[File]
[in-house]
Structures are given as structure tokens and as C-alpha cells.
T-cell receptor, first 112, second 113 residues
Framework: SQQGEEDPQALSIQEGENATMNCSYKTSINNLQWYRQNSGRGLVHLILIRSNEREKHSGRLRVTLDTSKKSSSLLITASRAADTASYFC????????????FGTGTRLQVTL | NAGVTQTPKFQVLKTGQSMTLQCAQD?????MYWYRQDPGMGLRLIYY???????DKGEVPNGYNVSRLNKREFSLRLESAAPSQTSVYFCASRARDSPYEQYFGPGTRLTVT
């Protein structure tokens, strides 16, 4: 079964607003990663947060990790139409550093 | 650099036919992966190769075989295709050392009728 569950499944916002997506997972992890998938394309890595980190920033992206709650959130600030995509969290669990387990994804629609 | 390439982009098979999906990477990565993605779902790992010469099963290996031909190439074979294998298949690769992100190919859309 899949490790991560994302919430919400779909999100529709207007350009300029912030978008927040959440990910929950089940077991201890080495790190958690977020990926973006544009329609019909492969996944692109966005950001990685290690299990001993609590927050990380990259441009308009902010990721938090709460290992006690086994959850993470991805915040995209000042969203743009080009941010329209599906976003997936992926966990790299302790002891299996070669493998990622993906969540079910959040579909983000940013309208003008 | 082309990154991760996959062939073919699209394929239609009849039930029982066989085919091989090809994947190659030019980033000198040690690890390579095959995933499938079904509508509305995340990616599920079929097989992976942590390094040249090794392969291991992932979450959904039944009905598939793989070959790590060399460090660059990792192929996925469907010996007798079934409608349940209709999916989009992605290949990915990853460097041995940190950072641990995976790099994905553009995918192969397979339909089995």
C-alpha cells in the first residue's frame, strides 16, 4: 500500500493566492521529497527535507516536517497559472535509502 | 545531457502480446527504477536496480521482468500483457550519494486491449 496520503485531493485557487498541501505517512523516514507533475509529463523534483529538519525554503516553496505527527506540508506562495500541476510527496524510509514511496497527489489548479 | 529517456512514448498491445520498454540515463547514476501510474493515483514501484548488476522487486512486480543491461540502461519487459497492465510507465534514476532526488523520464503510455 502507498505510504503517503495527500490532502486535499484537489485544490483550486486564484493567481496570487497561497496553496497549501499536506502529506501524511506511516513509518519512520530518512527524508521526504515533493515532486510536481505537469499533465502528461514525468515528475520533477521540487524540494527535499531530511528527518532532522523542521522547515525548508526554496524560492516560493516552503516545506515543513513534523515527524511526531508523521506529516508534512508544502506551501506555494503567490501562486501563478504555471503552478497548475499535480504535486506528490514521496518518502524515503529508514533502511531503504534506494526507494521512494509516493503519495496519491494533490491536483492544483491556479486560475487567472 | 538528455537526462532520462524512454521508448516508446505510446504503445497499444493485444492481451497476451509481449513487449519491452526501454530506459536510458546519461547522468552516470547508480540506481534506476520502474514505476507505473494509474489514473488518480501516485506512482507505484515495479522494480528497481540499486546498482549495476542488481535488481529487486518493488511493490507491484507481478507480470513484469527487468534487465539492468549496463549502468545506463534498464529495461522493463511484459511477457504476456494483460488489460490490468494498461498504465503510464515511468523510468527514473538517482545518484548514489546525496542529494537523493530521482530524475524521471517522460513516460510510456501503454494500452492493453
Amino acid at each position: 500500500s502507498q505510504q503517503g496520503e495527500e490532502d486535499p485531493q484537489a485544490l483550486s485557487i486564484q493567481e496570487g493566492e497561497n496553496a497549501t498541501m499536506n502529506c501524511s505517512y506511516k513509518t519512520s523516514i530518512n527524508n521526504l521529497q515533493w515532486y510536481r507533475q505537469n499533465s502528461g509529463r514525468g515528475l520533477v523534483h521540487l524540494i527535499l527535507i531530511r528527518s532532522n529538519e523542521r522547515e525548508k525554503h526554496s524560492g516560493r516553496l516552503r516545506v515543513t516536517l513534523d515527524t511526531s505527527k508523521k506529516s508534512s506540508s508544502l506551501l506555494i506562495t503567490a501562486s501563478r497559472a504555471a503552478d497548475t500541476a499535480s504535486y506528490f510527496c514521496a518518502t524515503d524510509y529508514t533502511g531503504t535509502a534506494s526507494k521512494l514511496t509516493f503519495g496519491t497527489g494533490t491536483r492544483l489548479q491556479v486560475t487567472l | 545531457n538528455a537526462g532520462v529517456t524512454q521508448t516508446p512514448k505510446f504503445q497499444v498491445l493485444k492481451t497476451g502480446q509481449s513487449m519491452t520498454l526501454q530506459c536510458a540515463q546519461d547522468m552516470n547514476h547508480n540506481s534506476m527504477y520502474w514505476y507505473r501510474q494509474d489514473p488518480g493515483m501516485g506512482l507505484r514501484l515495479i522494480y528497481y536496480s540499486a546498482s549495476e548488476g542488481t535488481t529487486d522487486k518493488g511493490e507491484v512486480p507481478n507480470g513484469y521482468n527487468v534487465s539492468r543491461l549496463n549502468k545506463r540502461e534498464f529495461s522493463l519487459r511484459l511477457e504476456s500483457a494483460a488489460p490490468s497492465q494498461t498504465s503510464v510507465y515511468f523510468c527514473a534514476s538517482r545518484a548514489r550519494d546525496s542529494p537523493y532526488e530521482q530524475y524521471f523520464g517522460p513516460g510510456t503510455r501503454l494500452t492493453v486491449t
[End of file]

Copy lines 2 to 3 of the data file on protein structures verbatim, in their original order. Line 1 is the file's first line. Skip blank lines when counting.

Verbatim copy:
Structures are given as structure tokens and as C-alpha cells.
T-cell receptor, first 112, second 113 residues